Tag: Women Reporters

How Things Have Changed Since the Era of the ‘Boys on the Bus’

When I first started out covering politics, it was literally the era of the boys on the bus. At the Washington Star, where I began as a reporter, one of my greatest thrills was being able to work in the same newsroom with Mary McGrory, who was the exception to the mostly male rule.

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He Said, She Said, He Interrupted. How This Election has Illuminated Decades of Workplace Sexism

Meredith Blake, Los Angeles Times – October 29, 2016

He said, she said, he interrupted. Whether she wins the White House or not, Hillary Clinton has already changed American discourse. If it has done nothing else, her historic campaign has illuminated the  belittlement, condescension and hostility that women have endured for decades in workplaces across the country.

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This Debate Moderator Is Making History

Andrea Gonzalez-Ramirez, Refinery 29 – October 3, 2016

On Tuesday, Sen. Tim Kaine andGov. Mike Pence will be facing off at the first and only vice presidential debate of this election season. But the spotlight will also be on Elaine Quijano, the CBSN anchor and longtime broadcast journalist who will be moderating the debate.

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What It’s Like to Be a Female Reporter Covering Donald Trump

Claire Landsbaum, New York Magazine The Cut – September 29, 2016

When Olivia Nuzzi walked into Donald Trump’s office on the 26th floor of Trump Tower, she wasn’t sure what to expect. She’d seen the Republican nominee up close before — in media gaggles covering campaign events for the Daily Beast — but they’d never been introduced. She was there to interview Trump for a story she was writing about his spokeswoman, Hope Hicks. Hicks herself had declined to be interviewed, but Nuzzi figured Trump, as her boss, would be an ideal source.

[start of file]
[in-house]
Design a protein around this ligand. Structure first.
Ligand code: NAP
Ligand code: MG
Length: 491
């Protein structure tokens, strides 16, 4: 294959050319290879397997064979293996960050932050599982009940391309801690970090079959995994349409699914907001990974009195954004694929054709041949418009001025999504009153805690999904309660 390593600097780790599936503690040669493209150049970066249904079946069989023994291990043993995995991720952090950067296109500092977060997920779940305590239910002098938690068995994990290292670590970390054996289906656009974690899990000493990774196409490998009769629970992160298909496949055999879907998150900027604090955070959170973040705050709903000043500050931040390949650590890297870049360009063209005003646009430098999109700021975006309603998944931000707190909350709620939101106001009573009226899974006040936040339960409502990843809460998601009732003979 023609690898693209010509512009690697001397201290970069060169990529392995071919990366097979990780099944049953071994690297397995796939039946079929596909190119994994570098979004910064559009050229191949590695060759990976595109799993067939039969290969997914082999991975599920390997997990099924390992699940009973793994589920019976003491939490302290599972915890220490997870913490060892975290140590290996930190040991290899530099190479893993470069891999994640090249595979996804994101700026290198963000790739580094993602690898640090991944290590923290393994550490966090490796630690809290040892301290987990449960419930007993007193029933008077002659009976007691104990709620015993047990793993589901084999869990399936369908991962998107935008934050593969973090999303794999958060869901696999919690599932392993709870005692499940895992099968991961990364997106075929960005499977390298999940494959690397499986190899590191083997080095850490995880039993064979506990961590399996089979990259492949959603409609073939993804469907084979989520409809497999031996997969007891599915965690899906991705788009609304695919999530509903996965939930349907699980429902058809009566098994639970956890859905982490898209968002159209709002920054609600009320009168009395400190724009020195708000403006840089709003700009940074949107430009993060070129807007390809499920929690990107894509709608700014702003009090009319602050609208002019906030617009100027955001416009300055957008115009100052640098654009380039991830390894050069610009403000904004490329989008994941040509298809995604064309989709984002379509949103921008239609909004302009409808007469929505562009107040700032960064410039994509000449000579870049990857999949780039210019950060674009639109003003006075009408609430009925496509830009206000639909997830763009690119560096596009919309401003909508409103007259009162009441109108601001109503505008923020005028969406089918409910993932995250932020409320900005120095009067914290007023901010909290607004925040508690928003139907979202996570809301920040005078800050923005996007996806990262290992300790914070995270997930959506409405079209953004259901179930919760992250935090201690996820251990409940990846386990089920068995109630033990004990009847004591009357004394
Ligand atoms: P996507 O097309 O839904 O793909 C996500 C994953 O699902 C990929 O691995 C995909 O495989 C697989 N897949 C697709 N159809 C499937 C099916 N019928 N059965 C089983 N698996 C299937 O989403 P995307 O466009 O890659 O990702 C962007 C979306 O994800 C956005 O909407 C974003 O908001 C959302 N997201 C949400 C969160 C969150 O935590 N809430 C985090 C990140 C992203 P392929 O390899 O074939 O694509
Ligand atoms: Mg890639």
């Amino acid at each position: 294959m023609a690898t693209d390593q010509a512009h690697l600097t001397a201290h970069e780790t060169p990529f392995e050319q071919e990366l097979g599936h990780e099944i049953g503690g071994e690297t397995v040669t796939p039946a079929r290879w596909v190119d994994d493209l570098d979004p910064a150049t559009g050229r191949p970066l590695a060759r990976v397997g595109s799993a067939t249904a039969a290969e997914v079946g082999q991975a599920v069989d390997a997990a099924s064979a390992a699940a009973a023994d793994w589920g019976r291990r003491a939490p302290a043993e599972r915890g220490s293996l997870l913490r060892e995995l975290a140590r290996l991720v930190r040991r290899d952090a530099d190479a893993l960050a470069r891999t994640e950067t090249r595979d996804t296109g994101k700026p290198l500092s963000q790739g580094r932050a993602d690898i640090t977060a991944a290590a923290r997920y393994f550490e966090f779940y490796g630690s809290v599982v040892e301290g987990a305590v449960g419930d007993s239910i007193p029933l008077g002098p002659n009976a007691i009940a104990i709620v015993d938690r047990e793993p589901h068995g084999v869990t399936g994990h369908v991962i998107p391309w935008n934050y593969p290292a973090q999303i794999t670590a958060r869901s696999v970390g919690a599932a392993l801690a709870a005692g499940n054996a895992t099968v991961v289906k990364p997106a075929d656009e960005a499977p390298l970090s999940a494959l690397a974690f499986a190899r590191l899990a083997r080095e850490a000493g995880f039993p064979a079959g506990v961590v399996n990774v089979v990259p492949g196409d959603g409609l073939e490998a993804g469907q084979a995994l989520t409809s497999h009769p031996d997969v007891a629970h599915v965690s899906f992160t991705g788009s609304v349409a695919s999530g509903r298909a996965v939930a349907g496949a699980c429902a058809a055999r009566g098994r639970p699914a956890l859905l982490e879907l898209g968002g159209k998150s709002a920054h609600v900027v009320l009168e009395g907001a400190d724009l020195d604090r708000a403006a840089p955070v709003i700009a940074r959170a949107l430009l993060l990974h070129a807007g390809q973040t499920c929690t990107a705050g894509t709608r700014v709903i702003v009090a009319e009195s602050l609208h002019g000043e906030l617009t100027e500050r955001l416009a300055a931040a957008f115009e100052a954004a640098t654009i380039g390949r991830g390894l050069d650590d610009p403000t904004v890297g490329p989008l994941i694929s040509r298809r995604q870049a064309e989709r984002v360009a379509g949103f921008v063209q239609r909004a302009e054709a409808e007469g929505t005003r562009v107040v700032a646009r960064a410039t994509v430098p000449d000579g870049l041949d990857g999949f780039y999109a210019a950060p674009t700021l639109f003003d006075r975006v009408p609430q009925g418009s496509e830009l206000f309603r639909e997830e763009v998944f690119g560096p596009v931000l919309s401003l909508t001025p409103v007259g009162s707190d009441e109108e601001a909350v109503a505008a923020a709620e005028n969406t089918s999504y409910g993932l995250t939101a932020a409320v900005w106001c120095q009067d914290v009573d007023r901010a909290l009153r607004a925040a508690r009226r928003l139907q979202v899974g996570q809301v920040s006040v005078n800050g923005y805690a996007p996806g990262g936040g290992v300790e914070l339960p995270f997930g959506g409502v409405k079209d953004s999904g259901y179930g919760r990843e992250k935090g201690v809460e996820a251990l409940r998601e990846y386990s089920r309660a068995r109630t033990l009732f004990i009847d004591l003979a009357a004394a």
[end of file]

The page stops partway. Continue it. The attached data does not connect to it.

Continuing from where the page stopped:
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Maureen Dowd Says Trump Likes the Violence at His Rallies. He Calls Her ‘Crazy.’

Jenna Johnson, Washington Post – September 17, 2016

Trump fired back at Dowd and the New York Times on Twitter on Saturday afternoon, although it was unclear if he was responding to Dowd’s CNN interview or something else. He twice accused Dowd of not knowing him as well as she claims and also called her “wacky,” “crazy” and “a neurotic dope” whose interviews are “boring.”

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CNN’s Christiane Amanpour Criticizes The Media’s Frenzy Over Clinton’s Health

Cat Duffy, Media Matters – September 12, 2016

During the September 12 edition of CNN International’s Amanpour, Amanpour highlighted the sexist nature of the media’s coverage of Clinton’s health, asking “Can’t a girl have a sick day or two” and denounced the way in which “overqualified women hav[e] to try a hundred times harder than unqualified men to get a break or even a level playing field.”

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Cokie Roberts: Trump Calling Clinton “Unhinged” Is Code For “We Shouldn’t Elect A Woman”

Tim Hains, Real Clear Politics – August 7, 2016

During ABC’s ‘This Week’ roundtable, panelist Cokie Roberts quips that when Donald Trump says Hillary Clinton is ‘unfit’ to be president or ‘unhinged,’ he is really issuing a sexist dogwhistle which “is totally code for we shouldn’t elect a woman. That is exactly what that is.”

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Yesterday, Democrats Nominated Their First Female Presidential Candidate. Today, Trump Told a Woman to ‘Be Quiet’ on Live TV.

Claire Landsbaum, New York Magazine – July 27, 2016

History was made on Tuesday when Democrats unanimously voted to nominate Hillary Clinton — the first-ever woman candidate — for president of the United States. Clinton simultaneously accepted the nomination and encouraged young girls to follow in her footsteps, and even Bill took on a secondary role. Meanwhile on Wednesday, Donald Trump — the Republican nominee for president — told a female reporter to “be quiet” on live television. 

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